1. Intended Use

      The original purpose of Rule 24 was to consolidate Federal Equity Rule 37 and competing state statutes supplying a legal right to intervene. (29) At the time Rule 24 was passed, the Advisory Committee textually distinguished Rule 24's divergent equitable and legal origins. (30)

      As originally written, the equity portion of Rule 24, section 24(a)(3), solely addressed real property rights. (31) This section of the rule was considered an absolute right (32) because of the likelihood of a third person's rights being "seriously jeopardized" should the court award a piece of real property to a litigant without allowing the third party to speak of her rights to the same property. (33) This is because awarding title to property to one party necessarily binds others who claim title to the same property. (34) These policy concerns were driven by the doctrine of res judicata, and courts recognized value in "preventing] their processes from being used to the prejudice of the rights of interested third persons." (35)

      The other portion of Rule 24 dealing with one's legal rights or claims, section 24(a)(2), focused originally on adequacy of representation by the current parties to the litigation. This was a discretionary right. (36) To intervene under the original section 24(a)(2), a party needed to show both: (1) inadequate representation; and (2) that if denied intervention, she would otherwise be bound by any judgment in the action. (37) The textual requirement to demonstrate that one would be bound by the judgment if denied intervention echoed that of the real property and equity-driven section 24(a)(3) and reflected the same policy concerns about res judicata. (38) Although section 24(a)(2) does not deal with equity or real property, (39) the same idea carried through. (40)

      Additionally, although the legal right targeted by section 24(a)(2) is not per se a real property right, the legal right nonetheless originates from real property rights. As originally intended, the Advisory Committee sought to cover intervenors with a property-like relationship to the litigation, (41) such as "unsecured creditors, stockholders, or bondholders, and ... taxpayers." (42) Inadequate representation was determined based on collusion between the alleged representative of the third party seeking intervention (the "Proposed Intervenor") and the opposing party, representation of an interest adverse to the Proposed Intervenor, or, alternatively, breach of a duty. (43)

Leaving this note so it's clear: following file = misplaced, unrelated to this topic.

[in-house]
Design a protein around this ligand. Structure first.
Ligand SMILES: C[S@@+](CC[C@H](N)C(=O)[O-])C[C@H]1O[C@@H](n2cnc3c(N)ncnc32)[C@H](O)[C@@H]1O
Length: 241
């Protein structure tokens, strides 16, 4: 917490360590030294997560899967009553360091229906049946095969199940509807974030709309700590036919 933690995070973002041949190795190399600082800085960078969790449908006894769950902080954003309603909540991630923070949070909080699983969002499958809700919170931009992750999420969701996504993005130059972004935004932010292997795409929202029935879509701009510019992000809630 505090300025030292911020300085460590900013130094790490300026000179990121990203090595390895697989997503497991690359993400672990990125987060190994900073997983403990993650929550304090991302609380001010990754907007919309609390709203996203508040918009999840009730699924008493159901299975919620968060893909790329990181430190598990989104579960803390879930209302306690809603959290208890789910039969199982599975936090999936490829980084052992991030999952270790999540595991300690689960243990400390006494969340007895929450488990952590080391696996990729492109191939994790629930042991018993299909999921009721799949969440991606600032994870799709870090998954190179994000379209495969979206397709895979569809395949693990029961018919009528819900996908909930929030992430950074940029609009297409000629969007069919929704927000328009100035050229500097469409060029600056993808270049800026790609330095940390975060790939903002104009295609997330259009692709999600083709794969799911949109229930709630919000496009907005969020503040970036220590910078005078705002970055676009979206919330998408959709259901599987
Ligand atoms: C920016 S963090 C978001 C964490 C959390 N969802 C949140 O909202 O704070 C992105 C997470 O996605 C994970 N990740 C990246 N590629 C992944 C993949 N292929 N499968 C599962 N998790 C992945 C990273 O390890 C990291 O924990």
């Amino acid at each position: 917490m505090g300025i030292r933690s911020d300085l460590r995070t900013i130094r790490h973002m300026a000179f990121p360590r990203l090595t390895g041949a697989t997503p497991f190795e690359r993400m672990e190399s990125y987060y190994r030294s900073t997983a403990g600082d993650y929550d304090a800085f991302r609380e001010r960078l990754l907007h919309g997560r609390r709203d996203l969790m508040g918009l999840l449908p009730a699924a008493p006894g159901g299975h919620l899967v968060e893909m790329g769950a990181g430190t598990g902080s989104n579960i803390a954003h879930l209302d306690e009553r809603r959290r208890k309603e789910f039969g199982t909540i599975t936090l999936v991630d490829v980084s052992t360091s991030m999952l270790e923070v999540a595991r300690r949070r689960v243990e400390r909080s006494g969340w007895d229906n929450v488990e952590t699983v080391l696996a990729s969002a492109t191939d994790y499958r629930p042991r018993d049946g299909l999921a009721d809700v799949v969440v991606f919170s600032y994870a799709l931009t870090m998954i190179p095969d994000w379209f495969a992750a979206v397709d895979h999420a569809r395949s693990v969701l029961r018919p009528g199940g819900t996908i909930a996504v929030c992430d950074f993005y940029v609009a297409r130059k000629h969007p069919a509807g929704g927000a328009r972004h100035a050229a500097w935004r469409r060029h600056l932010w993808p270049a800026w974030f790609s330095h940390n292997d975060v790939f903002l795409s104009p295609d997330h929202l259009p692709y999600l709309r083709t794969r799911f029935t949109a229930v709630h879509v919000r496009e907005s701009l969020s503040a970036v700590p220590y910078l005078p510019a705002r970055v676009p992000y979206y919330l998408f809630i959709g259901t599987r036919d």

2. 1966 Advisory Committee Amendment

      The 1966 Advisory Committee amendment (1966 Amendment) eliminated the textual distinction between legal and equitable claims.44 First, the Advisory Committee removed section 24(a)(3), which dealt only with real property. (45) Section 24(a)(2), which was originally intended to cover legal rights between parties such as creditors and stockholders, was merged with 24(a)(3) into one section, which is today section 24(a)(2). (46) Rule 24 currently states that a Proposed Intervenor must simply claim "an interest" (47) in the property or transaction at issue in the litigation.

      Second, the Advisory Committee removed one of the two requirements to intervene from the prior sections 24(a)(2) and (a)(3). (48) Under the 1966 Amendment, Proposed Intervenors must only show that representation in the litigation is inadequate, not that they will be bound by any judgment in the action. (49) Third, and most importantly for this Note, the Advisory Committee altered the scope of section 24(a)(2), explicitly stating that:

      The representation whose adequacy comes into question under the amended rule is not confined to formal representation like that provided by a trustee for his beneficiary.... A party to an action may provide practical representation to the absentee seeking intervention although no such formal relationship exists between them, and the adequacy of this practical representation will then have to be weighed. (50) This elimination of a textual equitable and legal distinction, and merger of both roots into section 24(a)(2), fundamentally altered analyses of Rule 24 and Rule 24 case law. Indeed, the drafter of the 1966 Amendment, Professor Benjamin Kaplan, noted that the purpose of the amendment was to "drive beyond the narrow notion of an interest in specific property." (51)

      Cascade Natural Gas Corp. v. El Paso Natural Gas Co. (Cascade), (52) decided one year after the 1966 Amendment, marked a shift in Rule 24 interpretation. (53) In Cascade, the Proposed Intervenors were gas companies that claimed an injury due to an illegal merger and monopoly by their competitors. (54) The Court first noted that, at equity, "those 'adversely affected' by a disposition of property would usually be those who have [a real] interest in the property." (55) The Proposed Intervenors had no...